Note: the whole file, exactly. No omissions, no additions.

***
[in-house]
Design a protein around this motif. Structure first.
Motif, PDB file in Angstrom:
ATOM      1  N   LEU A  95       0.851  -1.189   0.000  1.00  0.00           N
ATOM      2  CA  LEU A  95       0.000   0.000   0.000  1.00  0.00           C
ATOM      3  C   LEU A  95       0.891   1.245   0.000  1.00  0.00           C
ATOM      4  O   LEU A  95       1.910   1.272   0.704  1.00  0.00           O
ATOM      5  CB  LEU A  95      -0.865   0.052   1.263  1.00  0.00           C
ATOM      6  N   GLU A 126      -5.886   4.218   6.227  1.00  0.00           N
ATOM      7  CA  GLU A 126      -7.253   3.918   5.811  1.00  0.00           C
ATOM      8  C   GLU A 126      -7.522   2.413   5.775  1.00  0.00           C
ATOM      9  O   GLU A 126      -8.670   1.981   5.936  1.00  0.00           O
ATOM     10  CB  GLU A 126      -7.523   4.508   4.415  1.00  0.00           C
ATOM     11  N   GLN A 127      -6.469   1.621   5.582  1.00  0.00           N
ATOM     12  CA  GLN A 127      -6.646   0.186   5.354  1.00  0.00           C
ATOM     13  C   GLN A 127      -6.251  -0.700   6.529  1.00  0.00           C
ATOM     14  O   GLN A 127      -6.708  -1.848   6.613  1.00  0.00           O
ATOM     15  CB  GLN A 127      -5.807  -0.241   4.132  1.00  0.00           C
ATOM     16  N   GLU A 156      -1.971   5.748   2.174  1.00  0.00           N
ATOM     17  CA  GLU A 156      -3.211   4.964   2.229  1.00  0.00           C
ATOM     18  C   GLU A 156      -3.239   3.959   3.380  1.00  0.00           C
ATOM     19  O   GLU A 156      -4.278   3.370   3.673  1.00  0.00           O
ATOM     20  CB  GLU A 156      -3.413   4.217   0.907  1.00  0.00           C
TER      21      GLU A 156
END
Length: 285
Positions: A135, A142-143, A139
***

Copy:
[in-house]
Design a protein around this motif. Structure first.
Motif, PDB file in Angstrom:
ATOM      1  N   LEU A  95       0.851  -1.189   0.000  1.00  0.00           N
ATOM      2  CA  LEU A  95       0.000   0.000   0.000  1.00  0.00           C
ATOM      3  C   LEU A  95       0.891   1.245   0.000  1.00  0.00           C
ATOM      4  O   LEU A  95       1.910   1.272   0.704  1.00  0.00           O
ATOM      5  CB  LEU A  95      -0.865   0.052   1.263  1.00  0.00           C
ATOM      6  N   GLU A 126      -5.886   4.218   6.227  1.00  0.00           N
ATOM      7  CA  GLU A 126      -7.253   3.918   5.811  1.00  0.00           C
ATOM      8  C   GLU A 126      -7.522   2.413   5.775  1.00  0.00           C
ATOM      9  O   GLU A 126      -8.670   1.981   5.936  1.00  0.00           O
ATOM     10  CB  GLU A 126      -7.523   4.508   4.415  1.00  0.00           C
ATOM     11  N   GLN A 127      -6.469   1.621   5.582  1.00  0.00           N
ATOM     12  CA  GLN A 127      -6.646   0.186   5.354  1.00  0.00           C
ATOM     13  C   GLN A 127      -6.251  -0.700   6.529  1.00  0.00           C
ATOM     14  O   GLN A 127      -6.708  -1.848   6.613  1.00  0.00           O
ATOM     15  CB  GLN A 127      -5.807  -0.241   4.132  1.00  0.00           C
ATOM     16  N   GLU A 156      -1.971   5.748   2.174  1.00  0.00           N
ATOM     17  CA  GLU A 156      -3.211   4.964   2.229  1.00  0.00           C
ATOM     18  C   GLU A 156      -3.239   3.959   3.380  1.00  0.00           C
ATOM     19  O   GLU A 156      -4.278   3.370   3.673  1.00  0.00           O
ATOM     20  CB  GLU A 156      -3.413   4.217   0.907  1.00  0.00           C
TER      21      GLU A 156
END
Length: 285
Positions: A135, A142-143, A139